[PATCH] D10674: Value profiling - patchset 3

Justin Bogner via llvm-commits llvm-commits at lists.llvm.org
Fri Sep 11 17:51:33 PDT 2015

"Betul Buyukkurt" <betulb at codeaurora.org> writes:
>>>>> I think, I'm leaning towards keeping an array of kinds here.
>>>> Why?
>>> The reason is that adding new value kinds will happen in close to no-time
>>> once this merges in. David has also listed couple types of value profiling
>>> he was interested in seeing as well as I also iterated that in the
>>> previous emails. This is in the end an implementation detail. I do not
>>> think this is a decision that affects the file format or reader/writer
>>> design overall.
>> Adding new value kinds will take next to no-time with vectors per-kind
>> as well. Even better, this way we'll have switch statements in all of the
>> places where these are manipulated, which means that if someone forgets to
>> update one of the locations where this is used there will be compiler
>> warnings for uncovered switch statements.
>> As it is now, the use sites for this type will do something arbitrary
>> which may or may not be reasonable for the new value type. You won't be
>> able to notice that you missed updating that spot until it behaves
>> incorrectly at runtime. This isn't really that big a deal, but designing
>> it to be harder to make mistakes for future people who work on this is
>> valuable.
> Do you take into account that once md5 changes are merged in all of the
> string table and hashkey maps are going to be removed as part of re-basing
> code to the new implementation? Or if that merges in first, I'll have to
> rebase by removing them from my implementation. 

The MD5 changes aren't relevant to whether we keep the different value
kinds as an array or multiple named values.

> Also, in addition to the few syntactic issues you mentioned is this
> the only stopping factor at this time?

All of my remaining issues with the patch have been sent out, yes.

>>>> I'm a little uncomfortable that we need to modify the Name in the
>>>> iterators here. Can't the data structure backing the string table just
>>>> work in StringRefs instead?
>>> StringTable implementation is based on LLVM's StringSet<>. Here we're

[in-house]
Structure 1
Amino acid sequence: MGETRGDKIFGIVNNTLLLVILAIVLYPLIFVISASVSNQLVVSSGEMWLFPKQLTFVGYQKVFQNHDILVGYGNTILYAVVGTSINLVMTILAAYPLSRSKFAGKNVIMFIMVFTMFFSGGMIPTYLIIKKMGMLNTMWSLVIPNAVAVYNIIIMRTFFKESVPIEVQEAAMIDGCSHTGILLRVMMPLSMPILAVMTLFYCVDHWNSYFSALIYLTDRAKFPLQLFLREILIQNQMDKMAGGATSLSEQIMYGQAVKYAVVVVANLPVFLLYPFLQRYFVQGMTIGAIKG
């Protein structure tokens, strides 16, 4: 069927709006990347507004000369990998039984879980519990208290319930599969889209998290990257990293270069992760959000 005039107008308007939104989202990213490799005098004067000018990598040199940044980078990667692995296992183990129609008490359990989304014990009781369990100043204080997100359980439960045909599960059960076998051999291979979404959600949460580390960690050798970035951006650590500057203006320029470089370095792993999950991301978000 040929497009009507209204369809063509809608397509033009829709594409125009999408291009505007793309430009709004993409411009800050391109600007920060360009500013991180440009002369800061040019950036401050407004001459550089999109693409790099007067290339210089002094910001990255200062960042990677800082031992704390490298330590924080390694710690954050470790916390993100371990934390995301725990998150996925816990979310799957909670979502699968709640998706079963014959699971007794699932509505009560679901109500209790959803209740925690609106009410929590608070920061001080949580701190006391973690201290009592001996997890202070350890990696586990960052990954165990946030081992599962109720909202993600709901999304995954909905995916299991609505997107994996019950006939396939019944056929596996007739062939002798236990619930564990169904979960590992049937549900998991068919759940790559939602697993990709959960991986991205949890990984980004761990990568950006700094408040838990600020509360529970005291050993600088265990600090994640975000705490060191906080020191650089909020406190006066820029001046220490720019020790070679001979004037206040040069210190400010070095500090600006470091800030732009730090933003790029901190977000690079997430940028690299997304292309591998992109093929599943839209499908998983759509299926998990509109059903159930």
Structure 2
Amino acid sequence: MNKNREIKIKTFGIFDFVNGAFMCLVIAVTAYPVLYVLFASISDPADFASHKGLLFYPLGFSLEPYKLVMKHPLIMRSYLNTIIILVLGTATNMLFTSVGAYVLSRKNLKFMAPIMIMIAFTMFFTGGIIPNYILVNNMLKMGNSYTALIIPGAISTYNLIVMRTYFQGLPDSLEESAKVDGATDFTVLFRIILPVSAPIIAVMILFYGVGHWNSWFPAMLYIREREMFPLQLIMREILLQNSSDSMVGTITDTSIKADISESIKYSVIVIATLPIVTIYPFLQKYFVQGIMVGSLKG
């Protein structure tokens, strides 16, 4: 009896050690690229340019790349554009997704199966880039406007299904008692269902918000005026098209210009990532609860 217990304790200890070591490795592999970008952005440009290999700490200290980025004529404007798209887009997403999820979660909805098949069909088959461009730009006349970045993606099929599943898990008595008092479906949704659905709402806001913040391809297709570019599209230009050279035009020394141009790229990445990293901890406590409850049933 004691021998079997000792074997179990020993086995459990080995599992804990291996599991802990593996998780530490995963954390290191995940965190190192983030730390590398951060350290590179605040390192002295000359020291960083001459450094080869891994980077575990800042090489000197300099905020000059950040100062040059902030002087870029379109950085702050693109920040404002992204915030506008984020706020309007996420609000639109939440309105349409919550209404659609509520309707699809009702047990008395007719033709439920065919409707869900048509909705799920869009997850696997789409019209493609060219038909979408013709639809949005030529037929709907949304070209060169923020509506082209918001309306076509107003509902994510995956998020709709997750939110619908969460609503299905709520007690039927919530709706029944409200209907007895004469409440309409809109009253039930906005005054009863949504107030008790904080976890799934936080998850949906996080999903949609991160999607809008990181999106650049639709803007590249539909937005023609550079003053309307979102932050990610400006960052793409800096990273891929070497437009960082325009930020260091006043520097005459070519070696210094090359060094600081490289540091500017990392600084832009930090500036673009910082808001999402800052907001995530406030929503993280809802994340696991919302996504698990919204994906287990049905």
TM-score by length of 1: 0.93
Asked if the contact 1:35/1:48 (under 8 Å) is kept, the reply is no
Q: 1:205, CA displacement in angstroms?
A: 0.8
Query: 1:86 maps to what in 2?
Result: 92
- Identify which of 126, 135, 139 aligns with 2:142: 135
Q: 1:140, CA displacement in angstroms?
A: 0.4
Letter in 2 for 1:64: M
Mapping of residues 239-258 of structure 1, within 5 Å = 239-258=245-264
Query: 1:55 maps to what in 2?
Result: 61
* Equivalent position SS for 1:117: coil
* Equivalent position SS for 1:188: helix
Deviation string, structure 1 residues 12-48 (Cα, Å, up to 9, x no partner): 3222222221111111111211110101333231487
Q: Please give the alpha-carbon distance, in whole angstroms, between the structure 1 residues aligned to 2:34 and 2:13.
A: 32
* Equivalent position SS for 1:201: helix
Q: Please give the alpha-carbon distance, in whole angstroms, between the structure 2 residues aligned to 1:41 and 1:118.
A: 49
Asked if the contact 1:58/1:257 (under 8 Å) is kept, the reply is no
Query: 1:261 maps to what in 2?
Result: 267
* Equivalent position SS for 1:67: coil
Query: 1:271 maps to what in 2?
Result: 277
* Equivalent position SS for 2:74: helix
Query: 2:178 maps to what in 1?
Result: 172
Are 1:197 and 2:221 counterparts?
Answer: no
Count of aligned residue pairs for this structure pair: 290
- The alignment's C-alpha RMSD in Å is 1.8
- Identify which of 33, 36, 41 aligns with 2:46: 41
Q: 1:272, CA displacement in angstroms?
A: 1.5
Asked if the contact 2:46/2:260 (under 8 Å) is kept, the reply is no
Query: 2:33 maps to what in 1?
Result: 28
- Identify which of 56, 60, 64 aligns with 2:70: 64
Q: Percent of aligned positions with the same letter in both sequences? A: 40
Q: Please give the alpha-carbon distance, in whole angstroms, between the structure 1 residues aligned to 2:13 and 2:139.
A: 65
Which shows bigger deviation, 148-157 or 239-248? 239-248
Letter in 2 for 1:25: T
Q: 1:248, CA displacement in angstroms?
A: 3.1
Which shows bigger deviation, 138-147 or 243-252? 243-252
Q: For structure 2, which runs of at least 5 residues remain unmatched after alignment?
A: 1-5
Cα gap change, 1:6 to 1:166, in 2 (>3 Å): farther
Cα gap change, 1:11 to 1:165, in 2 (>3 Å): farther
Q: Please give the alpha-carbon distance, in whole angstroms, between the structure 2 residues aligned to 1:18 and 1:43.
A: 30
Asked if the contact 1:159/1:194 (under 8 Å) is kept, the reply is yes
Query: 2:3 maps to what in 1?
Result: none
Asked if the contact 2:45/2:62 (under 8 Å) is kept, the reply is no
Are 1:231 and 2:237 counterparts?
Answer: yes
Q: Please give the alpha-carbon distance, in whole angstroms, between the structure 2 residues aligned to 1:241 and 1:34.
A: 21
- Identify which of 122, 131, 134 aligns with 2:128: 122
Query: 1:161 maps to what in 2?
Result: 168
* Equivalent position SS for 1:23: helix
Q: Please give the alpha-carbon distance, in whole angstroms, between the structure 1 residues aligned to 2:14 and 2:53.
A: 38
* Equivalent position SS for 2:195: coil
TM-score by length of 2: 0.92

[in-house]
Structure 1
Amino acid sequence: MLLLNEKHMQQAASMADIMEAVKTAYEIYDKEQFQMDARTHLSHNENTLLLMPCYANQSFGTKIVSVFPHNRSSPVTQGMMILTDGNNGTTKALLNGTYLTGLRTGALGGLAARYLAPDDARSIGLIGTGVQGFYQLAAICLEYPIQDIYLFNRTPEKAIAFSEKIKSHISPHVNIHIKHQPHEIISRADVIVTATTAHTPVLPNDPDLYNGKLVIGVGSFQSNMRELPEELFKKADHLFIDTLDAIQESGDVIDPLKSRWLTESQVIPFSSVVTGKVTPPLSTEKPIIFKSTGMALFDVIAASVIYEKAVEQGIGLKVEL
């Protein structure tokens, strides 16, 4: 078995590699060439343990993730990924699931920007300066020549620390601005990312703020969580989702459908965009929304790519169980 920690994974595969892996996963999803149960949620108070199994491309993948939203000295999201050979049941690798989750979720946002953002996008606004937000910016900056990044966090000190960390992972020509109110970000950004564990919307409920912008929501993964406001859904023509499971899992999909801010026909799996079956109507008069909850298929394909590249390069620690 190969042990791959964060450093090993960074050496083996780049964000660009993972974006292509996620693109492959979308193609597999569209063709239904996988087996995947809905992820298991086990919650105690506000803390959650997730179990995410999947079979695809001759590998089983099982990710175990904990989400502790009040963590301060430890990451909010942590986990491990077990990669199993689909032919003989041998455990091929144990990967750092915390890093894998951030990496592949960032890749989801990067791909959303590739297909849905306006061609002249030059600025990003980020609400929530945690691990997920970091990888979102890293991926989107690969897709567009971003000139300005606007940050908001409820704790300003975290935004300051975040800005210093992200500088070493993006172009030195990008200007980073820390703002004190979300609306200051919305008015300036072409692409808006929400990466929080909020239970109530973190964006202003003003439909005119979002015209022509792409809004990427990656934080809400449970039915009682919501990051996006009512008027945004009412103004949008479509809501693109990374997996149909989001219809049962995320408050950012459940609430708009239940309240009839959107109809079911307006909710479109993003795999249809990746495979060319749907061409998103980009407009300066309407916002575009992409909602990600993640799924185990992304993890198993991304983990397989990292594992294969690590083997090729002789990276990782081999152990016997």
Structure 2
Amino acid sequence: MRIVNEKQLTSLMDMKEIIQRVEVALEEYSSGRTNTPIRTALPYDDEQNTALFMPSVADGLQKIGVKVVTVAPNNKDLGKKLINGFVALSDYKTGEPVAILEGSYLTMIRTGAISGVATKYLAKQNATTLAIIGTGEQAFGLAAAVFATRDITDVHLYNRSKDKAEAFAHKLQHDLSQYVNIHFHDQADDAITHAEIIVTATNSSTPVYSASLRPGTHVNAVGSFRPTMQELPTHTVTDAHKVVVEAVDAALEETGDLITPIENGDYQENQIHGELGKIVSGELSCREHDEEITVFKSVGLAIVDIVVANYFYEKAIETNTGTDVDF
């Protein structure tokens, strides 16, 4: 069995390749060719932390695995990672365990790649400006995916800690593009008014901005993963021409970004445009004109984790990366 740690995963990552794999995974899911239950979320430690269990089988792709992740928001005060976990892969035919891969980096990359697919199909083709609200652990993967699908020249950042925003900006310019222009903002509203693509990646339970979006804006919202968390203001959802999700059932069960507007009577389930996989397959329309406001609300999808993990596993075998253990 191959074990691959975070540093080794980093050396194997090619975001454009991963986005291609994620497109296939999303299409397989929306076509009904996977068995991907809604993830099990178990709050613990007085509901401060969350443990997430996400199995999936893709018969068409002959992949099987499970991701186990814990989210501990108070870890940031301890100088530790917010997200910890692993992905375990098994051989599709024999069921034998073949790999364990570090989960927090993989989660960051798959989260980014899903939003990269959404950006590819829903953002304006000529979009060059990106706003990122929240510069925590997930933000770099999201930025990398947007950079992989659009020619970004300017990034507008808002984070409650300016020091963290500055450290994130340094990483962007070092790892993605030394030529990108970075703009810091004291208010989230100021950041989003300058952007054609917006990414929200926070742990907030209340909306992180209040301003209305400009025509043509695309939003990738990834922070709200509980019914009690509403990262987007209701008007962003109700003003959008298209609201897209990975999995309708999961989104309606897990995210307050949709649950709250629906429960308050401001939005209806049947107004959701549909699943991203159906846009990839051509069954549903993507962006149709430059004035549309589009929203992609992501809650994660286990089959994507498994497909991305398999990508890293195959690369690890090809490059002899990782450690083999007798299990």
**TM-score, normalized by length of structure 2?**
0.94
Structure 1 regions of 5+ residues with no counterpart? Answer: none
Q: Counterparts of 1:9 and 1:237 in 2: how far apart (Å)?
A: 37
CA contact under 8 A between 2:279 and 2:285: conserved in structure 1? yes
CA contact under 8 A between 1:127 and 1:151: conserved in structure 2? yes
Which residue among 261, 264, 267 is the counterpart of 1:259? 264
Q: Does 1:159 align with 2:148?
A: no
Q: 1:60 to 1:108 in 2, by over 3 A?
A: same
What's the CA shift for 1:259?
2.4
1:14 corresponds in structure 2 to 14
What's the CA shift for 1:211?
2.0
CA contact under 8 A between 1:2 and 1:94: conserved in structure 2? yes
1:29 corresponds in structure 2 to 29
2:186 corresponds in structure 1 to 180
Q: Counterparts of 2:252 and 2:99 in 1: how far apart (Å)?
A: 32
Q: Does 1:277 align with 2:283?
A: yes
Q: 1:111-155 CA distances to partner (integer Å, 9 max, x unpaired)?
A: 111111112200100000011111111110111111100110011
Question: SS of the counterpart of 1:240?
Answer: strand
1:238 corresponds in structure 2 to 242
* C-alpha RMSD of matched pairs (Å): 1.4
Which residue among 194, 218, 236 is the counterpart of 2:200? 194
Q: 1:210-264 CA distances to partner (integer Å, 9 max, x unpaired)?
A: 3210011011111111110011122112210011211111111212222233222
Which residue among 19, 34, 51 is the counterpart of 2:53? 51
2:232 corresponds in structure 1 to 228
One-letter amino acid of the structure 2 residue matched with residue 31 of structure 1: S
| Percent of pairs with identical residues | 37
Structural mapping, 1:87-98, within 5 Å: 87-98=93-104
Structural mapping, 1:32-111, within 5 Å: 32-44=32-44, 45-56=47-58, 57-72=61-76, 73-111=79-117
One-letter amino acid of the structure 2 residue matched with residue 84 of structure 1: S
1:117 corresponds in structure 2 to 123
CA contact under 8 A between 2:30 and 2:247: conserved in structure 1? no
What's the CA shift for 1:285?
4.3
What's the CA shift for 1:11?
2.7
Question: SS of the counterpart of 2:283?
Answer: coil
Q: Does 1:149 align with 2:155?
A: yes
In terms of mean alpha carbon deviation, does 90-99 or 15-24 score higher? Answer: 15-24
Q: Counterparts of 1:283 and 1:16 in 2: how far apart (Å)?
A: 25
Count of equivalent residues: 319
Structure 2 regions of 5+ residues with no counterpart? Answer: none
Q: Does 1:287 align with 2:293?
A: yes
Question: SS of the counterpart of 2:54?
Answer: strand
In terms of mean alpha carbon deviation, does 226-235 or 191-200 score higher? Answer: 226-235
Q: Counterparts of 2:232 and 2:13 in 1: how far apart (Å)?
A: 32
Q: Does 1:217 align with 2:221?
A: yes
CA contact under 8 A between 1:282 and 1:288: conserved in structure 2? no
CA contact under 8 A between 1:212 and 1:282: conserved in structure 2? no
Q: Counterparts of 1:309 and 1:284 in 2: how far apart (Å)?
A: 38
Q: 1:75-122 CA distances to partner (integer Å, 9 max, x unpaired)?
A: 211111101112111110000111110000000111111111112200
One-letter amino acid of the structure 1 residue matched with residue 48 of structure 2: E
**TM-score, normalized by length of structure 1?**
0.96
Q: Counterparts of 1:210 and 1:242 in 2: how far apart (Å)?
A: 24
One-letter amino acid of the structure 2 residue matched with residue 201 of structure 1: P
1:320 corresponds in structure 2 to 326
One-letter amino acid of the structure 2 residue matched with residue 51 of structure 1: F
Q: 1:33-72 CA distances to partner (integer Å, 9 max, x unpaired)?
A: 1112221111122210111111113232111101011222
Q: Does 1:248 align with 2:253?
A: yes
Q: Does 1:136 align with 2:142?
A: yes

>>> returning the char* to the internal representation of the string in the
>>> table. This helps printing the values as a string in llvm-profdata and
>>> helps in assigning the metadata entries as string in clang. Imagine it as
>>> what's stored is in essence the pointer value returned by data() member of
>>> StringRef class.
>> Right, I see how it works, but why are we duplicating all of these
>> strings into a StringSet? The strings already have storage with a
>> sufficient lifetime, no? The StringTable could just be a
>> DenseSet<StringRef> and then the pointer values of the strings don't
>> need to be modified.
> I do not understand how that solves the problem. What do you suggest to
> store in the value data field for indirect call targets? If I store the
> char* of the memory pointed to by the StringRef, then printing the value
> data as a C string would go beyond the length in the StringRef since these
> strings are not null terminated. Could you please provide more clarity?

Oh, I see. You're type-punning 'char *'s through uint64_t to pass this
data around. Isn't that undefined behaviour?

Personally, I'd probably do a string table as a std::vector<StringRef>,
and use a DenseMap<StringRef, size_t> to check if strings to be inserted
were already there. This seems simpler, safer, and less confusing.

>>>> The way the HashKeyMap works here seems a little off. Why does the
>>>> Reader own it? Only the trait uses it. Also, since it follows a strict
>>>> "fill then query" pattern, it's probably better to just use a vector that
>>>> we sort after filling and then binary search later.
>>> OnDiskIterableChainedHashTable is a member of the reader class. So the
>>> reader may conveniently iterate over its keys to collect the strings and
>>> form the hash table accordingly. On the other hand the LookUpTrait class
>>> seemed to me like a class helping after the appropriate key is located.
>>> Also, the Info helper class is described as "reading values from the hash
>>> table's payload and computes the hash for a given key".
>> I don't understand this answer. The Reader has-a HashKeyMap, and the
>> trait has a reference to it. The reader *never uses the HashKeyMap* after
>> creating it. Just create it in the reader and store it in the trait.
> I may achieve this by having the HashKeyMap stored in the LookupTrait and
> the Reader class declaring the LookupTrait as a friend class.

Why does the LookupTrait need to be friended? Can't you fill a local
std::vector in this function, and then hand it over to the LookupTrait,
with something like a public "setHashKeyLookup" method?

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